- 25. Astrovskaya I, Tork B, Mangul S, Westbrooks K, Măndoiu I, et al. (2011) Inferring viral quasispecies spectra from 454 pyrosequencing reads. BMC Bioinf 12: S1–S1.I. AstrovskayaB. TorkS. MangulK. WestbrooksI. Măndoiu2011Inferring viral quasispecies spectra from 454 pyrosequencing reads.BMC Bioinf12S1S1
- 26. Boltz VF, Maldarelli F, Martinson N, Morris L, McIntyre JA, et al. (2010) Optimization of allele-specific PCR using patient-specific HIV consensus sequences for primer design. J Virol Methods 164: 122–6.VF BoltzF. MaldarelliN. MartinsonL. MorrisJA McIntyre2010Optimization of allele-specific PCR using patient-specific HIV consensus sequences for primer design.J Virol Methods1641226
- 27. Wang C, Mitsuya Y, Gharizadeh B, Ronaghi M, Shafer RW (2007) Characterization of mutation spectra with ultra-deep pyrosequencing: application to HIV-1 drug resistance. Genome Res 17: 1195–1201.C. WangY. MitsuyaB. GharizadehM. RonaghiRW Shafer2007Characterization of mutation spectra with ultra-deep pyrosequencing: application to HIV-1 drug resistance.Genome Res1711951201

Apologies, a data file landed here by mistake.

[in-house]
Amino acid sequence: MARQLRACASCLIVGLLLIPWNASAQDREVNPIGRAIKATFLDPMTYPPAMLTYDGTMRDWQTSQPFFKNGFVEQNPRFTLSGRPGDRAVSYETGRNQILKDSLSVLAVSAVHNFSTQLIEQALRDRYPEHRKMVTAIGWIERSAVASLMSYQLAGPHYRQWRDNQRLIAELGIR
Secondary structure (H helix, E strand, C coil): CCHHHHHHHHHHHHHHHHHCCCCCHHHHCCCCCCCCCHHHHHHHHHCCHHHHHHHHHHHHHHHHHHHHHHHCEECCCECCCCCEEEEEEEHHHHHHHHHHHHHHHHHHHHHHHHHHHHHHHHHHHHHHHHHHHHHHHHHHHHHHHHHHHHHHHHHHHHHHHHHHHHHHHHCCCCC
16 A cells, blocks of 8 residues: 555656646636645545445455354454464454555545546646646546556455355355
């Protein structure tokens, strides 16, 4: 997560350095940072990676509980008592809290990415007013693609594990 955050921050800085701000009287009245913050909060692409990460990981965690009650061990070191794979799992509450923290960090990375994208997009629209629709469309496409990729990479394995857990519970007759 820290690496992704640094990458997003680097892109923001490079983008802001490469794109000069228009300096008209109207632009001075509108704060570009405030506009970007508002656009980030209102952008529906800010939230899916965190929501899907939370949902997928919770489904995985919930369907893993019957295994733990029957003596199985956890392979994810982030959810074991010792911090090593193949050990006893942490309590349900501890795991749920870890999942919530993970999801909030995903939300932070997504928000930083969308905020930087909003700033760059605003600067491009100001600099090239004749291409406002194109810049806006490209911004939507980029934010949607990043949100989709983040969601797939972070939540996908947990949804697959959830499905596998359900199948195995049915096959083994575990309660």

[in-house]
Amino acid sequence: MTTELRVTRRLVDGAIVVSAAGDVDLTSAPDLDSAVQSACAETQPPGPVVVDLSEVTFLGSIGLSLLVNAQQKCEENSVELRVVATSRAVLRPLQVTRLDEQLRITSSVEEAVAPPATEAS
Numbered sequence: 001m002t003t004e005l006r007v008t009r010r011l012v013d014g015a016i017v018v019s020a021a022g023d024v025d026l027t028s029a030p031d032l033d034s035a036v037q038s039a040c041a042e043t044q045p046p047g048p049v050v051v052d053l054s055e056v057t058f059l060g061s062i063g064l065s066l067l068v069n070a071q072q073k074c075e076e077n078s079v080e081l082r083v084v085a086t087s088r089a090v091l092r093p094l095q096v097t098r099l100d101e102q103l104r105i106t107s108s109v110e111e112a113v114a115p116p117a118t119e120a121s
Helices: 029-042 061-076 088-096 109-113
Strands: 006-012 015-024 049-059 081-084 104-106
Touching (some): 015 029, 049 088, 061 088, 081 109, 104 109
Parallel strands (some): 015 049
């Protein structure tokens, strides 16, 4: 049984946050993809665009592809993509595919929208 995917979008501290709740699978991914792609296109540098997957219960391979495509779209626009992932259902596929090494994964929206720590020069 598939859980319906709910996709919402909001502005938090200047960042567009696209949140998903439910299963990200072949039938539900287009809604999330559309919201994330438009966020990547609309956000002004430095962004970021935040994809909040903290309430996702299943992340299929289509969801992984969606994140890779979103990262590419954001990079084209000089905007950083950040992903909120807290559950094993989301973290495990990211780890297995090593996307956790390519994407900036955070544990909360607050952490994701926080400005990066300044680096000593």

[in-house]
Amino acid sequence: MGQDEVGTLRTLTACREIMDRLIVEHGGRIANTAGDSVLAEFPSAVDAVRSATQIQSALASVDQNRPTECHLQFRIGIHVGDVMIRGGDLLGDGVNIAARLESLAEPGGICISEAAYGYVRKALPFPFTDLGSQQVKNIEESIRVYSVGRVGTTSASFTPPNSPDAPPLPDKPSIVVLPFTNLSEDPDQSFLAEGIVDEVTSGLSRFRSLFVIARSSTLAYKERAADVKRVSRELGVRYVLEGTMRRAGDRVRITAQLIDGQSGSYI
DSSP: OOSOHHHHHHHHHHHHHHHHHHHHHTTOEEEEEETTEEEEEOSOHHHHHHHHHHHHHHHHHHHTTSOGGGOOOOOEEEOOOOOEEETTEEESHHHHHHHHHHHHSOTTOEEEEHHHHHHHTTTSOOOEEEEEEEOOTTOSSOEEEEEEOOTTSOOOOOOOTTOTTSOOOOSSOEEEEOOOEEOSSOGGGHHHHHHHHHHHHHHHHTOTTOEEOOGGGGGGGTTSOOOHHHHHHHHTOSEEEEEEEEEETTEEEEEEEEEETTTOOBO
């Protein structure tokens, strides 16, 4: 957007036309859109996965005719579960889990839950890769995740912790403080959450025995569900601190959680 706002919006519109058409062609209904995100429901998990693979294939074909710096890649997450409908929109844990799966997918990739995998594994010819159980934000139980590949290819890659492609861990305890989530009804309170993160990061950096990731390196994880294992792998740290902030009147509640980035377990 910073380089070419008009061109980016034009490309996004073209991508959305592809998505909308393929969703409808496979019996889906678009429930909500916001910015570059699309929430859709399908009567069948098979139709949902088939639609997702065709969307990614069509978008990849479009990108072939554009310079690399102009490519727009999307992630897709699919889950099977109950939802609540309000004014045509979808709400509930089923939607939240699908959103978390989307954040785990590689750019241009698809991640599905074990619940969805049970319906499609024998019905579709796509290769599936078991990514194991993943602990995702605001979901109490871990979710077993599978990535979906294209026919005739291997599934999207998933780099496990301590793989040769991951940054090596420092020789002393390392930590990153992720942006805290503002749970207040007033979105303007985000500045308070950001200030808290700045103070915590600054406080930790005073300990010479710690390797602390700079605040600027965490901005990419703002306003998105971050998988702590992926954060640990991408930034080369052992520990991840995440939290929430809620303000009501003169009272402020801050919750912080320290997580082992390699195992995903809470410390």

- 28. Hedskog C, Mild M, Jernberg J, Sherwood E, Bratt G, et al. (2010) Dynamics of HIV-1 Quasispecies during Antiviral Treatment Dissected Using Ultra-Deep Pyrosequencing. PLoS ONE 5: e11345.C. HedskogM. MildJ. JernbergE. SherwoodG. Bratt2010Dynamics of HIV-1 Quasispecies during Antiviral Treatment Dissected Using Ultra-Deep Pyrosequencing.PLoS ONE5e11345
- 29. Altshuler D, Pollara VJ, Cowles CR, Van Etten WJ, Baldwin J, et al. (2000) An SNP map of the human genome generated by reduced representation shotgun sequencing. Nature 407: 513–516.D. AltshulerVJ PollaraCR CowlesWJ Van EttenJ. Baldwin2000An SNP map of the human genome generated by reduced representation shotgun sequencing.Nature407513516